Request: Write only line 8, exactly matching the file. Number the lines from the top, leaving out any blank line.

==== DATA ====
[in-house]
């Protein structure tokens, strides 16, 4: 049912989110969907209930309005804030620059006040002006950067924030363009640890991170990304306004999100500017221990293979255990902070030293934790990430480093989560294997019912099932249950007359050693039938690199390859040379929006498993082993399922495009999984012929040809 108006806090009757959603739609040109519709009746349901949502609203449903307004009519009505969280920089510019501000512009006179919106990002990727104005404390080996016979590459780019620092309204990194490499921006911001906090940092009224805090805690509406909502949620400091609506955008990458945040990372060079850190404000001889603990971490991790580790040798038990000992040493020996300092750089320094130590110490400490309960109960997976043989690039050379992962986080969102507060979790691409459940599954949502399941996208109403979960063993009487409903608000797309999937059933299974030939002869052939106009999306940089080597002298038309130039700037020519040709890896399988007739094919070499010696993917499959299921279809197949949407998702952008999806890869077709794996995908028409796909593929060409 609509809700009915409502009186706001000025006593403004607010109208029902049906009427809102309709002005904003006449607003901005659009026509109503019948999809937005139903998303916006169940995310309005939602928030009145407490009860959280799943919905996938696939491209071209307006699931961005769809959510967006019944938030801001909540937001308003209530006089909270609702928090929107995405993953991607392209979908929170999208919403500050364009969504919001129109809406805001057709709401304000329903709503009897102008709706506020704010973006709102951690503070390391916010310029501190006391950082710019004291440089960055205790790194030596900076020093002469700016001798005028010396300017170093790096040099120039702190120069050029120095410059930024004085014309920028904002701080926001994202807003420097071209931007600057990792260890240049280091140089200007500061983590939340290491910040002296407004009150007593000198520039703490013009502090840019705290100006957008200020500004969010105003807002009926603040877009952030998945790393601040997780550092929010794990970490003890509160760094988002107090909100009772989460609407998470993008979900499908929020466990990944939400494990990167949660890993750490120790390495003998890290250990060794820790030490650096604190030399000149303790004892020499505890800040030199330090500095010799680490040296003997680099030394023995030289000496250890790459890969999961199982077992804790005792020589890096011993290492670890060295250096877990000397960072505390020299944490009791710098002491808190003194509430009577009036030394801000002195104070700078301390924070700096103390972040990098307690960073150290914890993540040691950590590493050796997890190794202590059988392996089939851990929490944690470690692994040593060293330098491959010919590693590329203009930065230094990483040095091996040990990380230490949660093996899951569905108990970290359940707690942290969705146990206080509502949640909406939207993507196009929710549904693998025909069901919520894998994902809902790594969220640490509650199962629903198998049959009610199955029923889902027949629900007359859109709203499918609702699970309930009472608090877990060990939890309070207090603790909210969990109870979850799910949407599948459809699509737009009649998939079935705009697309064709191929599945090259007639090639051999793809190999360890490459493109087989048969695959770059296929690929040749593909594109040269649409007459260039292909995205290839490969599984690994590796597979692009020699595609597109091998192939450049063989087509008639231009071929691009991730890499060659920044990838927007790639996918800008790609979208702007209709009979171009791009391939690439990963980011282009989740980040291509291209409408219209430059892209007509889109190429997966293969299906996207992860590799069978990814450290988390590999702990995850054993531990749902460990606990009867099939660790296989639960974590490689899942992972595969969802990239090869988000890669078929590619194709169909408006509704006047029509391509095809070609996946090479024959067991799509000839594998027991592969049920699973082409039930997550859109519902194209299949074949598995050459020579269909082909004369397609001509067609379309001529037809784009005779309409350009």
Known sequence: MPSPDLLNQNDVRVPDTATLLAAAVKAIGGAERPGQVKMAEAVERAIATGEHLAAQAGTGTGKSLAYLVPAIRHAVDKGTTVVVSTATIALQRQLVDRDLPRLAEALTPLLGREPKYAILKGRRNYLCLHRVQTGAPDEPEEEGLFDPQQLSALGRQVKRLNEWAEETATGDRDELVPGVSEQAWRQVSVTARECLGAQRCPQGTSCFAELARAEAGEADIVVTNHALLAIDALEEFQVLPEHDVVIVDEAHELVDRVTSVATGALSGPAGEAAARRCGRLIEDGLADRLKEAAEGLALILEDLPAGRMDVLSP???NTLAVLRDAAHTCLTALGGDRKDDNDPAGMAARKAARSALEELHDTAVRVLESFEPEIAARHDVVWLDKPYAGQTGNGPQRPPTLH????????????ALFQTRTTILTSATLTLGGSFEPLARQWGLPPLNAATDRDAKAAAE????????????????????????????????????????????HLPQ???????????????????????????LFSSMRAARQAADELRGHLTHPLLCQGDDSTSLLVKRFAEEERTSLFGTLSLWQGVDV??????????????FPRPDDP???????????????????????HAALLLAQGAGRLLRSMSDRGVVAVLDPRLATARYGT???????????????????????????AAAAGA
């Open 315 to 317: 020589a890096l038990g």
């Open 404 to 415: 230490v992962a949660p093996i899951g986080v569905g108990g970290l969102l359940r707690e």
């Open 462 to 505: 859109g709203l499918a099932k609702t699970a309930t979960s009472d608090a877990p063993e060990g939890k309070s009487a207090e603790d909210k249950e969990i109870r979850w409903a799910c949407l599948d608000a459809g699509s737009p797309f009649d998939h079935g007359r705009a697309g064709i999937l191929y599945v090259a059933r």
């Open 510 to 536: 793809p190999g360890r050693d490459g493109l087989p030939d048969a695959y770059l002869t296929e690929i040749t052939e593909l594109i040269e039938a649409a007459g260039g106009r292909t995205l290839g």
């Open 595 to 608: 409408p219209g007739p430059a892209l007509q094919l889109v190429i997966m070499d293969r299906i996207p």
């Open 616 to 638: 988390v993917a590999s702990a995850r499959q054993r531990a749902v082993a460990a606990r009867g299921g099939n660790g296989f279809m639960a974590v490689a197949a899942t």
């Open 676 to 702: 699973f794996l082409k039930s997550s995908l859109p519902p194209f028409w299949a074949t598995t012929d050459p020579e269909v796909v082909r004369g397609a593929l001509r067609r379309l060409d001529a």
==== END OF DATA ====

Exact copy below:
């Open 595 to 608: 409408p219209g007739p430059a892209l007509q094919l889109v190429i997966m070499d293969r299906i996207p």